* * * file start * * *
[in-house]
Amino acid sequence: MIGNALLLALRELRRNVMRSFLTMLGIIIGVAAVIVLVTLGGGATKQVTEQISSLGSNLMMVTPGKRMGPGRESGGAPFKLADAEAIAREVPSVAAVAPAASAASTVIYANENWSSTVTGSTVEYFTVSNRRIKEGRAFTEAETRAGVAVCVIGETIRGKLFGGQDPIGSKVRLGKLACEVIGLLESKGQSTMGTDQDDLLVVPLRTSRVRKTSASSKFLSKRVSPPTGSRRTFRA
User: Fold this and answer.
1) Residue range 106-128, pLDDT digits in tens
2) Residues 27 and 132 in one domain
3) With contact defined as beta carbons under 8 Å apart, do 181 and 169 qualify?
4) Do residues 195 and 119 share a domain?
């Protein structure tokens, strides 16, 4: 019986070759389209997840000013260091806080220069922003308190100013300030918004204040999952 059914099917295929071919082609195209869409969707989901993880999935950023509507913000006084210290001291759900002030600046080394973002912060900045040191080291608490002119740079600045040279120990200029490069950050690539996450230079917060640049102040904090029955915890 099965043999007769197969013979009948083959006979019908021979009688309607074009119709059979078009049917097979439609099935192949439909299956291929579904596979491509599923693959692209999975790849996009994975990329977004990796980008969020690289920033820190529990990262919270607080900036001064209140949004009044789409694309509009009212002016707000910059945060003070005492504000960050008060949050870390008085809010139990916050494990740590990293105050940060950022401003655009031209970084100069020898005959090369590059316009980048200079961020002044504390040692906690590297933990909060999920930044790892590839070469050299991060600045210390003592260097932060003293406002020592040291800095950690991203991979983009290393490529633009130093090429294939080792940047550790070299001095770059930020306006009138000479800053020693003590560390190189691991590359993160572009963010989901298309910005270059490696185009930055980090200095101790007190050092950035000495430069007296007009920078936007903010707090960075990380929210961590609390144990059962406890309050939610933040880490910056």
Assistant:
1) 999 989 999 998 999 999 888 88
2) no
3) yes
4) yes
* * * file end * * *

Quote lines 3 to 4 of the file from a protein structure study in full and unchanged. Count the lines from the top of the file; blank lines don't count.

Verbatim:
User: Fold this and answer.
1) Residue range 106-128, pLDDT digits in tens